Connect with us


CME’s Futures Options Sprinted Out of the Gate but a Marathon Lies Ahead



In the two years since it launched cash-settled Bitcoin futures, CME has firmly established itself as a leader in the regulated crypto derivatives space despite not always being the first to market. In December 2017, it launched regulated Bitcoin futures a week after rival exchange CBOE. However, it only took 15 months for CBOE to completely withdraw from the market. By August, CME had announced record highs for Bitcoin futures trading.

Most recently, Bakkt came into the market ahead of CME with its regulated options on Bitcoin futures. However, after successfully launching its own options contracts on Jan. 13, it seems that the Chicago-based CME is once again emerging at the top of its game.

When the CME options contracts made their debut on Monday, the company saw opening-day trading volumes over $2.3 million, more than five times that of major competitor Bakkt, which traded just over $380,000.

According to data aggregated by Skew, the CME volumes are still far below that of Deribit, which traded $34.5 million in options on the same day that CME launched its options product. However, it’s worth noting that until mid-2019, Deribit was the only exchange offering crypto-backed options. Nevertheless, CME chief told Cointelegraph the following day that his firm was “very pleased” with the opening-day performance:

“We know from experience that successful options products require a robust, liquid underlying futures market. Our CME Bitcoin futures have become one of the most liquid, listed Bitcoin derivatives products in the world over the past two years.”

Second-day options trading on CME was slightly slower, with $730 million in volume according to Skew. Perhaps that’s to be expected, as investors keen to participate would have bought into CME options on the day of the launch.

Eager anticipation?

In the leadup to Jan. 13, CME saw a surge toward Bitcoin futures. The first four trading days of 2020 showed that interest was up by almost 70% compared with 2019’s year-end. J.P. Morgan analysts were quick to attribute this increase to the upcoming options launch, stating it was “highly anticipated.”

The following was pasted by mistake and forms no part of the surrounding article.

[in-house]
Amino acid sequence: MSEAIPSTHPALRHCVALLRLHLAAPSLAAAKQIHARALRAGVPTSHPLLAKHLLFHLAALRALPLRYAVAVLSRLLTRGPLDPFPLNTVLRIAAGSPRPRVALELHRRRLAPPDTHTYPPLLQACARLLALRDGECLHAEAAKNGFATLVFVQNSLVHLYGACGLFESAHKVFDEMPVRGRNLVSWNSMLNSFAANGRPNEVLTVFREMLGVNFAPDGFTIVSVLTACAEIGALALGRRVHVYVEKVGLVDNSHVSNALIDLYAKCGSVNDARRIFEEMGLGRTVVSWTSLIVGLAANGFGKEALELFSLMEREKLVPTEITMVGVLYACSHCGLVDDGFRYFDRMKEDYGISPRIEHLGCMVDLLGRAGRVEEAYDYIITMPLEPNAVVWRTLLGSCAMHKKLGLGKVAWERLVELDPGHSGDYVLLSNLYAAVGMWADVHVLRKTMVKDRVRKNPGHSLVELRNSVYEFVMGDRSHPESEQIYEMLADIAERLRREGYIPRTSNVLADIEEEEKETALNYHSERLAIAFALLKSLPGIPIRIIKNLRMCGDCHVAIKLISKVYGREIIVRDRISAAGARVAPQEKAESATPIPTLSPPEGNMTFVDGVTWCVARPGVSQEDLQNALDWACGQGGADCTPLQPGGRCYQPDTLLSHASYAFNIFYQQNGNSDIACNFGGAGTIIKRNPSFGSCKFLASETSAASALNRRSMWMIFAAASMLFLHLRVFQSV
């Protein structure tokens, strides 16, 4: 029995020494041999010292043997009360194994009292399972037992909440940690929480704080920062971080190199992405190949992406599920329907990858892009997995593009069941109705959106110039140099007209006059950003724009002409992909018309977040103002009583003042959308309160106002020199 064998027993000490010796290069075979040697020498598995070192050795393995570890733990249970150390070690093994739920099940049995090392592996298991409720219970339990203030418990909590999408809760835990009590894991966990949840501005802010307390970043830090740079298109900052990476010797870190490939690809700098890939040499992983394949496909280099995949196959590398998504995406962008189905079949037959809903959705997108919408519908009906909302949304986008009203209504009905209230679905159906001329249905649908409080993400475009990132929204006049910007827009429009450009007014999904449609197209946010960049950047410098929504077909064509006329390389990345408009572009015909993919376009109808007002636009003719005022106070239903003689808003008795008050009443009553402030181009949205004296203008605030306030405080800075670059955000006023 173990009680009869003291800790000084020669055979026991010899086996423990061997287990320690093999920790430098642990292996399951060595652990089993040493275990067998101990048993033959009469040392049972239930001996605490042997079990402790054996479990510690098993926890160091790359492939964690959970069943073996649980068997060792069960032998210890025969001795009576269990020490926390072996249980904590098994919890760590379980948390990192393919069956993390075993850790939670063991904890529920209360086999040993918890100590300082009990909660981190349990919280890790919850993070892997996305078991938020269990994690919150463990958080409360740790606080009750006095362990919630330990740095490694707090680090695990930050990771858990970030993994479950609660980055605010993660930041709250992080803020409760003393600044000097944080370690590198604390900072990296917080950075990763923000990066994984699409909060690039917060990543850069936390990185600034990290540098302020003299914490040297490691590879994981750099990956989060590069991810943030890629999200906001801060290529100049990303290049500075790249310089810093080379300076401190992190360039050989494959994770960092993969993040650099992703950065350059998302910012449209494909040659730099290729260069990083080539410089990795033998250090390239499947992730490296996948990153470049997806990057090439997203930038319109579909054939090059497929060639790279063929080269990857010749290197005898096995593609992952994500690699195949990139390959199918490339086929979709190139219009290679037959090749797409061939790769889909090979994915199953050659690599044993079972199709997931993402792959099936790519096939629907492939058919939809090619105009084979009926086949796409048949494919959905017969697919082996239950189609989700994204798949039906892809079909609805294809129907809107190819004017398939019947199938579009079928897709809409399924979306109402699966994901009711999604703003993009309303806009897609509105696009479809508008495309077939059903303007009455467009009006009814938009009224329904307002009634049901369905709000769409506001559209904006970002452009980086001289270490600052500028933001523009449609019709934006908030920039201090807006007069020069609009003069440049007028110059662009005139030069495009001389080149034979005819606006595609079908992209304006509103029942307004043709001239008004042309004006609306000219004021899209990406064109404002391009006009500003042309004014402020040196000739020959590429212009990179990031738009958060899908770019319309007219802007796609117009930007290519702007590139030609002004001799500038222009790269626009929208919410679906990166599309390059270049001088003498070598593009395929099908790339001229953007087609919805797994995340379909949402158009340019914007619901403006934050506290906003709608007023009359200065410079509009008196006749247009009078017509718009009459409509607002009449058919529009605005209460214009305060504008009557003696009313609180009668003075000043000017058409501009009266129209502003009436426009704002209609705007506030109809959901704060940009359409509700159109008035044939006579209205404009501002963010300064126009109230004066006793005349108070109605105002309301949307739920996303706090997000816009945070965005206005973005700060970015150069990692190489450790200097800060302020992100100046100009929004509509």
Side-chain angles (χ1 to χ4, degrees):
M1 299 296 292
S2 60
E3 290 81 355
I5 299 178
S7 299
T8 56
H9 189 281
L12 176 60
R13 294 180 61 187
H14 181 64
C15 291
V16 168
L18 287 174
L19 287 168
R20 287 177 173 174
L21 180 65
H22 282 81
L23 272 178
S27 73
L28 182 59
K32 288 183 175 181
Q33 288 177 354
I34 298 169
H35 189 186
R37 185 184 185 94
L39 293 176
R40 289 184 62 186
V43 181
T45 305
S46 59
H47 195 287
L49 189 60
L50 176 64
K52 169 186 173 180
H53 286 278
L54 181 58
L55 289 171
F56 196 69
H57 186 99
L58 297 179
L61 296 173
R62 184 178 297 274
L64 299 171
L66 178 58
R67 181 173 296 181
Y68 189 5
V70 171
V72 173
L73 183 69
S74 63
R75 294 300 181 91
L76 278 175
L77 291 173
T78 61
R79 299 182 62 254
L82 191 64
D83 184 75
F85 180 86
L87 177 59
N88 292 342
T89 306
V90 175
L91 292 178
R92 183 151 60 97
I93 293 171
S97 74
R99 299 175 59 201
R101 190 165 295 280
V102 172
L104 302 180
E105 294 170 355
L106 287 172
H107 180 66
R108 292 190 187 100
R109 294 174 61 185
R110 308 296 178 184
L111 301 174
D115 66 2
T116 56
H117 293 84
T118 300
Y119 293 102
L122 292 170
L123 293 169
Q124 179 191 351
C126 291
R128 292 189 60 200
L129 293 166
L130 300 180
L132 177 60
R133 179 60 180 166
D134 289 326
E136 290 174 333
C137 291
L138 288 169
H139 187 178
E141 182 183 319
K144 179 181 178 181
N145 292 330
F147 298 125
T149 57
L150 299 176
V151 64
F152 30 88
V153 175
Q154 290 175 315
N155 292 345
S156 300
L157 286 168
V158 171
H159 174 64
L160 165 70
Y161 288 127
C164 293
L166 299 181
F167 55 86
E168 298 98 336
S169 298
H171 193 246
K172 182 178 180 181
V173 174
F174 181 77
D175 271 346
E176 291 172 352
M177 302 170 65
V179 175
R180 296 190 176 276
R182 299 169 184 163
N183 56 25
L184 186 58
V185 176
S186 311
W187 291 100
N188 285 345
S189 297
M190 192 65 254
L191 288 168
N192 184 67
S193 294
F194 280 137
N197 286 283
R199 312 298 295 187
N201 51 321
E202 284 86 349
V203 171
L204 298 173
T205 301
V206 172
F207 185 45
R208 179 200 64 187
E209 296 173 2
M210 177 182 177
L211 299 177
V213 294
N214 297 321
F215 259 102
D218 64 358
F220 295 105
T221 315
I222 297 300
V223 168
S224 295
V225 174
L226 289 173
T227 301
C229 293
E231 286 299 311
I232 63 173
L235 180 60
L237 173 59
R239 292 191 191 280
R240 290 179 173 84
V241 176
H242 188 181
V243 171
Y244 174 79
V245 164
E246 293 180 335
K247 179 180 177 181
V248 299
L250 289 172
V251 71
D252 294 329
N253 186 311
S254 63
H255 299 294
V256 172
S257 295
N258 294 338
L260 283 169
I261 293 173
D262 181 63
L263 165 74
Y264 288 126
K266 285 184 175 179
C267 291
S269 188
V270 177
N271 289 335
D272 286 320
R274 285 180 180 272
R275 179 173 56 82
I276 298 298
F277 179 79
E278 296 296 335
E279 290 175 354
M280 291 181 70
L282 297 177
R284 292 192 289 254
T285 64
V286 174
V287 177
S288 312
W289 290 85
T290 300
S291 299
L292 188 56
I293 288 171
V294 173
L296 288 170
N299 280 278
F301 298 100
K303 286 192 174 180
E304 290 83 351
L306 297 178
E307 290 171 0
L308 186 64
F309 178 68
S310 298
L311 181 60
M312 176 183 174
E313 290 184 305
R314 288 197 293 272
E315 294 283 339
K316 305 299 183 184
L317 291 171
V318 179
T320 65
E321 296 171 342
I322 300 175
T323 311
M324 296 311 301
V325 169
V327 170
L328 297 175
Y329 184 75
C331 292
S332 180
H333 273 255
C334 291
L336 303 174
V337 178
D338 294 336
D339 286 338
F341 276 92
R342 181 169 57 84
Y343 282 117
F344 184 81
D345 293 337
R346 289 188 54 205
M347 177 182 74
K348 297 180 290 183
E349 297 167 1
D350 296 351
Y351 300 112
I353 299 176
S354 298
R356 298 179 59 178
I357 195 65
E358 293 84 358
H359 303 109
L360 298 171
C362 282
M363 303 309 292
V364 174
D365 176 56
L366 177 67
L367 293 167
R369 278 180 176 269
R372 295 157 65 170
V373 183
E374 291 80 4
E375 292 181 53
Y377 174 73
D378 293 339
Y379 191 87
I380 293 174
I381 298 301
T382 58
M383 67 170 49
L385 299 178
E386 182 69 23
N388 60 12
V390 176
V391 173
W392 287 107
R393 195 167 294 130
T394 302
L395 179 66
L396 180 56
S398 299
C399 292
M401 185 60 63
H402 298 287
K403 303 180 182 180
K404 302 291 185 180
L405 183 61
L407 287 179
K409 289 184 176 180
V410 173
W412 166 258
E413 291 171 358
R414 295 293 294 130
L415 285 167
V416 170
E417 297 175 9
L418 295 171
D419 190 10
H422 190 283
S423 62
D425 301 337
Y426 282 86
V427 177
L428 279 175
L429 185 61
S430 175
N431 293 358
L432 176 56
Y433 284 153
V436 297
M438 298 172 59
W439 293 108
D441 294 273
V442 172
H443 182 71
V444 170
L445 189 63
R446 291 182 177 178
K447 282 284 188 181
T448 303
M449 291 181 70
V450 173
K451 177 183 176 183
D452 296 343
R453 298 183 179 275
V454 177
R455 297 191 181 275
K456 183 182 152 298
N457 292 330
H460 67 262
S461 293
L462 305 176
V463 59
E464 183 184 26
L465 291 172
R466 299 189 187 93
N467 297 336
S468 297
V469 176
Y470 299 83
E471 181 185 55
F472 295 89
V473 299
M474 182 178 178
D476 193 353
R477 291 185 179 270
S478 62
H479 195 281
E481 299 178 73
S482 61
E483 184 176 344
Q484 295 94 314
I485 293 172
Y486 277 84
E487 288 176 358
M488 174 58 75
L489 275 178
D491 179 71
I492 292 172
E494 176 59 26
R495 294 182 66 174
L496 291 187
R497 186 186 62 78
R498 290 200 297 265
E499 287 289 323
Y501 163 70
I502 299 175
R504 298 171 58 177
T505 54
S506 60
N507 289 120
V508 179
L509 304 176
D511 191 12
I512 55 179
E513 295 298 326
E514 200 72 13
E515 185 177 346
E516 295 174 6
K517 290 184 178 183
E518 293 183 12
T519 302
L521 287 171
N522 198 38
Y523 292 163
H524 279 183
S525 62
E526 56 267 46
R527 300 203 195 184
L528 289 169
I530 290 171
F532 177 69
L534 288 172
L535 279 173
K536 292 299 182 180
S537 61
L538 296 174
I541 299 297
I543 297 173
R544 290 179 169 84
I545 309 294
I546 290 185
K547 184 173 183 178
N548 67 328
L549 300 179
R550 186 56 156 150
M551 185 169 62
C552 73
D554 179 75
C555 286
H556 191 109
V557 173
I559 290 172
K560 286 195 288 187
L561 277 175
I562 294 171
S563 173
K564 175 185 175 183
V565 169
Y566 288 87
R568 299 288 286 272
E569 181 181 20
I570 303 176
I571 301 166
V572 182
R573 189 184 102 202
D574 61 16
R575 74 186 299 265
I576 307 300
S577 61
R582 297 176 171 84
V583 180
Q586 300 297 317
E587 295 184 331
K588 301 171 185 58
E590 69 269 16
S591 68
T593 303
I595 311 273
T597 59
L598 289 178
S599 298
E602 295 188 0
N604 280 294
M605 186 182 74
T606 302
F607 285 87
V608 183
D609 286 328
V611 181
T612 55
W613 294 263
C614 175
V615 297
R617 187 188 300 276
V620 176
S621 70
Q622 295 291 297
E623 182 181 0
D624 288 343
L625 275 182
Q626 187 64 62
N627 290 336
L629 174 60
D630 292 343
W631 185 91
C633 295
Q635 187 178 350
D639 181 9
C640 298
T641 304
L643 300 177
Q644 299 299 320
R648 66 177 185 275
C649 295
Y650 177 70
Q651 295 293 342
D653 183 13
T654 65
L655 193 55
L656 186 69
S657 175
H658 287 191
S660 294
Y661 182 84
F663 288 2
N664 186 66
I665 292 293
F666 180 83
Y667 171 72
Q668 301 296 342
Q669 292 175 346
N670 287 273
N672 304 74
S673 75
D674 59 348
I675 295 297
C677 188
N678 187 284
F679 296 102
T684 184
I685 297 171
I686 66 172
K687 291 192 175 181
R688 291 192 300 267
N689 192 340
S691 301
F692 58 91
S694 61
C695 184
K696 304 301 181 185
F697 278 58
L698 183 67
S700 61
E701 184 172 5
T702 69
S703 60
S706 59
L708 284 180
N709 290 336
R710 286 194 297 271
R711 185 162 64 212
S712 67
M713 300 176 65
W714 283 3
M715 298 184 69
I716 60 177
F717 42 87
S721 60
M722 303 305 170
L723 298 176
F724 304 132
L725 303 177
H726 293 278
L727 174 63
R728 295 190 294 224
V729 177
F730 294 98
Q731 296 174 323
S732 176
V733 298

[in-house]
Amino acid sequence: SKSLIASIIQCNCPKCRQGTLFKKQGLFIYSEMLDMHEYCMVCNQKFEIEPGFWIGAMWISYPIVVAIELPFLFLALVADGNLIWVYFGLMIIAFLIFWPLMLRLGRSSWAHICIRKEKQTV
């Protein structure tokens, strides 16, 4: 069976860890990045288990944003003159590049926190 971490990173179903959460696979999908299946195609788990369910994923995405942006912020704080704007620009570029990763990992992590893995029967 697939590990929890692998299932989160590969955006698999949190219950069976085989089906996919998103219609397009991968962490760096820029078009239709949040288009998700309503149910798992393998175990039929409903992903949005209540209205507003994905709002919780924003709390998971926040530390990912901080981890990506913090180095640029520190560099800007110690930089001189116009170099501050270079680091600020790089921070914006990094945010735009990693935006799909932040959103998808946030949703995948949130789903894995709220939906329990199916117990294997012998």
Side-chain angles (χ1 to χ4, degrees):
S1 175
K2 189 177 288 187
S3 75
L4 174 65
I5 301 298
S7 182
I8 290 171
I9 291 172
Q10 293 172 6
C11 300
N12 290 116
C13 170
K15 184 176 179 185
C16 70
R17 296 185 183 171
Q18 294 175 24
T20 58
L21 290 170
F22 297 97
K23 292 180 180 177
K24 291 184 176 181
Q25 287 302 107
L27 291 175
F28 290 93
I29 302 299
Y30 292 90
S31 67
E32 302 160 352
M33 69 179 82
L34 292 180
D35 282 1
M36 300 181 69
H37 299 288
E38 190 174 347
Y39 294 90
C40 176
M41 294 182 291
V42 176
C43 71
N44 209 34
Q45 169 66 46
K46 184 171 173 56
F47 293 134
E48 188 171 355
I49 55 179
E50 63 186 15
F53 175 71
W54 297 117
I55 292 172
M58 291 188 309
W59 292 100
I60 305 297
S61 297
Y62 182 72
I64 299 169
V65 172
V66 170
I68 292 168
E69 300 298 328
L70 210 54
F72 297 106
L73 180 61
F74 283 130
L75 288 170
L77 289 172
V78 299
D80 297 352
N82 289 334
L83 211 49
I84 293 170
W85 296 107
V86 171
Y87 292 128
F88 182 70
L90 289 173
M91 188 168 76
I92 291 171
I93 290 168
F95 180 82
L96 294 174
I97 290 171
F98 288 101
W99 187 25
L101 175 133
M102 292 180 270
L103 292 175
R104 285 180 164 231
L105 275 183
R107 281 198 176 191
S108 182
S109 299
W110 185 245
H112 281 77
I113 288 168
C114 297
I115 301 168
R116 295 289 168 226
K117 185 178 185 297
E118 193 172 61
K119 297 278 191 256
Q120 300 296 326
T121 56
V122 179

The reason for the excitement could be attributed to the fact that the asset underlying the CME options vehicle isn’t Bitcoin (BTC) itself, but Bitcoin futures. Options provide traders with the opportunity to hedge their risk on the underlying asset, and futures are inherently risky. Therefore, the upcoming ability to hedge may explain why so many traders were eager to get their hands on the underlying asset.

CME continues to outperform main rival Bakkt

The difference in the way that the underlying futures instruments are settled could also account for why CME so significantly outperforms Bakkt, both in futures trading and now in options on Bitcoin futures. For example, during last week’s run on futures, Bakkt traded $43 million compared to CME’s $702 million on Jan. 8, which was the busiest day according to Skew data. Nevertheless, Bakkt maintains confidence in the markets and its offering, as the firm’s spokesperson told Cointelegraph:

“We continue to see strong interest from our growing base of customers in our Bitcoin futures and options complex, which offers a broad range of options for interacting with and hedging positions in digital assets.”

Until December, Bakkt only offered physically-settled Bitcoin futures contracts, whereas CME has always settled its contracts in cash. Although physically-settled futures were hotly anticipated, they could account for why Bakkt had an arguably sluggish start after its launch in September.

Cash vs. physical settlement

The trading volume differential between CME and Bakkt when it launched indicates that institutions prefer their Bitcoin futures to be settled in cash. This makes sense given that cash-settled contracts avoid the need to take custody of the Bitcoins themselves. Although crypto custodial services are now far more widely available, many institutions will still find it easier to operate in fiat currencies.

Toby Joy, head of U.S. trading at trading and options market-making firm Akuna Capital, agrees, although he also thinks security is a critical consideration. He told Cointelegraph:

“CME’s options offering is more palatable to institutional investors that aren’t yet comfortable with the crypto environment because the futures and options are cash-settled. This means one can speculate on the direction of Bitcoin without ever having to touch a coin — that’s a big deal for people and firms who worry about security.”

However, Paul Eisma, head of trading at XBTO Group, a crypto finance company, is more bullish on physically-settled products. Speaking to Cointelegraph, he said that both onshore regulated contracts have the ability to succeed because “they offer different value propositions and choices to prospective investors,” adding:

“CME’s cash-settled product has an expiration cycle that lines up with Deribit, the primary institutional and retail crypto options market. Flows and hedges will naturally gravitate from these ‘almost’ fungible contracts. Bakkt’s physically delivered futures product requires onboarding onto a regulated warehouse. This poses a unique custodian value proposition and an onboarding qualification threshold.”